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After the last passengers and baggage are loaded onto the aircraft, the pilot in command is given a form called load & trimsheet which shows the passenger/baggage distributions, total weights and cg positions. The form can be prepared manually or by a computer program by the authorized ground staff. This form has the wet signature of the ground crew coordinating the flight and the pilot in command on it and these signatures ensure that the form is legal.

My question is about the process of sending this legal form to the cockpit of the aircraft via ACARS. When the form is transmitted to the aircraft via ACARS, is it still considered to be a legal document without wet signature on the form?
How is this process run by airlines?

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When the loadsheet arrives to the aircraft via ACARS it has to be acknowledged and printed. This is accomplished by the flight crew by selecting the proper screen and pressing the respective button or LSK on the MFD (Multi-Function Display for latest Boeing models) or in the MCDU (Multi-Function Control Display Unit for Airbus).

Along with the acknowledgement sent back to the system, goes the timestamp. Legally, this action is considered the wet signature. Then the sent ACARS form is printed in the aircraft printer, so the crew has a backup copy of the loadsheet containing in the header the "ACK" confirmation and the same timestamp sent to the system.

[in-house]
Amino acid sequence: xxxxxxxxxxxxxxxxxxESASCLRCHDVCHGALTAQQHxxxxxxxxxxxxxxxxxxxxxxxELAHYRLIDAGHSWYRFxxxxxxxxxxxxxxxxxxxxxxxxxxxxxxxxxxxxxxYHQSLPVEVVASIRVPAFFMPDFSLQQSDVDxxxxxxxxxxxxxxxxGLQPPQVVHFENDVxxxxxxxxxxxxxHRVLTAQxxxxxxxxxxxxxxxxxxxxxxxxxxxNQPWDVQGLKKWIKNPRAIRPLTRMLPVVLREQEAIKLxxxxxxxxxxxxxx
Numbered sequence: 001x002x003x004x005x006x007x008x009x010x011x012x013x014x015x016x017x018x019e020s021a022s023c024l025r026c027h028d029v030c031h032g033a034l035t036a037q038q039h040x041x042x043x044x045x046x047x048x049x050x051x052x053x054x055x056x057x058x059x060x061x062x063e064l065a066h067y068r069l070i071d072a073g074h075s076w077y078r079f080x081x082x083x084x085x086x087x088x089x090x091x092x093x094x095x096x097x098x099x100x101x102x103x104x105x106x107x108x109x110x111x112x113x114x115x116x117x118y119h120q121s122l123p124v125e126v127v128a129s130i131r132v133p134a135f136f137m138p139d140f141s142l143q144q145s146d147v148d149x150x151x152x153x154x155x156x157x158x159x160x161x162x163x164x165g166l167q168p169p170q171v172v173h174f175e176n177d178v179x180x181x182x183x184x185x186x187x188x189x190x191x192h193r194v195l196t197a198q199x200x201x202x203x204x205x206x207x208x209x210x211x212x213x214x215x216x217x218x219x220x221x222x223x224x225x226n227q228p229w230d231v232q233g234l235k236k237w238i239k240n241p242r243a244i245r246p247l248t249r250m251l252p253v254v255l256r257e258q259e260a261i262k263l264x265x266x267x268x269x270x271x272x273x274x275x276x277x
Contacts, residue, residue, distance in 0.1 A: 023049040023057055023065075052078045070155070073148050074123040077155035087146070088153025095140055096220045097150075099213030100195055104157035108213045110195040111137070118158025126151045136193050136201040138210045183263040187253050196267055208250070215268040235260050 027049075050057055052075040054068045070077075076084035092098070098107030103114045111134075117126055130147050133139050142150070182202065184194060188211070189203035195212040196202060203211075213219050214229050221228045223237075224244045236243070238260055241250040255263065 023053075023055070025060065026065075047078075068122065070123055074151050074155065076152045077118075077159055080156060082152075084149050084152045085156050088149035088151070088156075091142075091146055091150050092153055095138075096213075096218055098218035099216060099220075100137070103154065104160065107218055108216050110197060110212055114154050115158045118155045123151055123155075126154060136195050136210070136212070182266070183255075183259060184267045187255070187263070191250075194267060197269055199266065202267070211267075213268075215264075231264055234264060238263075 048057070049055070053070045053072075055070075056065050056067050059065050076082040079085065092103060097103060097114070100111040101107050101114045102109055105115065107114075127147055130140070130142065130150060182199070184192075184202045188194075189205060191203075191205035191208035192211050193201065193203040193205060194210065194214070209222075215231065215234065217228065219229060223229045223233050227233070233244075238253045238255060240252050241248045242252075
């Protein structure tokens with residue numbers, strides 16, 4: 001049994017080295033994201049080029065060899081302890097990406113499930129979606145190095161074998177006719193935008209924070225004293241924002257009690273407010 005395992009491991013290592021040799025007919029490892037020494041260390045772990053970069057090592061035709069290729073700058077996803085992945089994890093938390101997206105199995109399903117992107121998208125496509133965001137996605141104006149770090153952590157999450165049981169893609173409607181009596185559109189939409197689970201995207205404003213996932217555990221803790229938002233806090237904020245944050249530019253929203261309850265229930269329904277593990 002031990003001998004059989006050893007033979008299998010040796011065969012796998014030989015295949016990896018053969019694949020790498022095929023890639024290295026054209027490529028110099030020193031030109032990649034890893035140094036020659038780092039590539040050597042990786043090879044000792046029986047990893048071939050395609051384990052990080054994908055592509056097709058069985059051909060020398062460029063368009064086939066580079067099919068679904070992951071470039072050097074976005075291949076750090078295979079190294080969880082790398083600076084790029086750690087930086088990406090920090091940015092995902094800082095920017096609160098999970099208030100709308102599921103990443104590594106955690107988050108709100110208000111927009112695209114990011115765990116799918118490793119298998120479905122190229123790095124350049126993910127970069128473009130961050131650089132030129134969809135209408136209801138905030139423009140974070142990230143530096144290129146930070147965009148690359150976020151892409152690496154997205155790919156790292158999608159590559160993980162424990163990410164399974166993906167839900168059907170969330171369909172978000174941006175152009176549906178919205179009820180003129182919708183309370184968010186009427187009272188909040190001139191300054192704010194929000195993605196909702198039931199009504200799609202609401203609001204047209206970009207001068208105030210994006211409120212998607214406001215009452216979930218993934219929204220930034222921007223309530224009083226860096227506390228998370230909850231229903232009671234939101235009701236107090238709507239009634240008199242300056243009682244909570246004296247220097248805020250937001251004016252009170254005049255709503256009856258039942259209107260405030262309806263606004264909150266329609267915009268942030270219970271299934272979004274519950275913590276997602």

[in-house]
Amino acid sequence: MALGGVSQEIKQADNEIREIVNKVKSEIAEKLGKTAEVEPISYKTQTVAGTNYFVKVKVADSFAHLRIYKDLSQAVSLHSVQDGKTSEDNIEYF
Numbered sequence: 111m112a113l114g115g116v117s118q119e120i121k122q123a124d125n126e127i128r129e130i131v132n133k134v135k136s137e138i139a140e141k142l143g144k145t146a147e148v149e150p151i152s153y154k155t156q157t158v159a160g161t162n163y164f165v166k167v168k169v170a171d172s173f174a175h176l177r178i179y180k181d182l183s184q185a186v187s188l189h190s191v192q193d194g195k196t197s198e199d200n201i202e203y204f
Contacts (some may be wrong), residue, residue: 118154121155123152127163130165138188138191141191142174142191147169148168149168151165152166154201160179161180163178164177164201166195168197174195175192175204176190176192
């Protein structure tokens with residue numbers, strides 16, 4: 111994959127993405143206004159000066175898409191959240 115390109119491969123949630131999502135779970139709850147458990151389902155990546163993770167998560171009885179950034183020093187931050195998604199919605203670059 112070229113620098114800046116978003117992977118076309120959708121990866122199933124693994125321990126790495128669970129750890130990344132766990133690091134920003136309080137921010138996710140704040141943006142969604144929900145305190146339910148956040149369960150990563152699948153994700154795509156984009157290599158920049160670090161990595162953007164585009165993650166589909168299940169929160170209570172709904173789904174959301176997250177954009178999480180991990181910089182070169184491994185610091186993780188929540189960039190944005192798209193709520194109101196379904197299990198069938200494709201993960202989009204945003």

Every airline has different policies regarding the format of the loadsheet and even the procedure to accept and correct the values. that sometimes change in the last minute again, but this can give you a generic idea of the procedure.

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  • $\begingroup$ Hello Fco, welcome to aviation.stackexchange.com! $\endgroup$ – DeltaLima May 19 at 6:45
  • $\begingroup$ Welcome. Do you know a guide that details the whole process such as how to act when system is not running, how many copies of the form to print, how to do lmc on the form and by whom etc. $\endgroup$ – GolfCharlie May 19 at 7:12
  • $\begingroup$ Thanks! great topics around here and wise readers. $\endgroup$ – Fco May 19 at 7:12
  • $\begingroup$ Hi GolfCharlie, all that is always regulated by the Airline Operations Manual. When the system is not running, the flight dispatcher has to bring physically a printed copy of the loadsheet to the cockpit and get it signed by the captain. Regarding the LMC, there is always a limit that the captain can correct manually without requiring the calculation of a new loadsheet (around 2000 lbs. for medium aircraft and 4000 lbs. for wide body aircraft). This is considering less weight in the LMC, if the weight is more, it has to be calculated and sent again by dispatch. $\endgroup$ – Fco May 19 at 7:20

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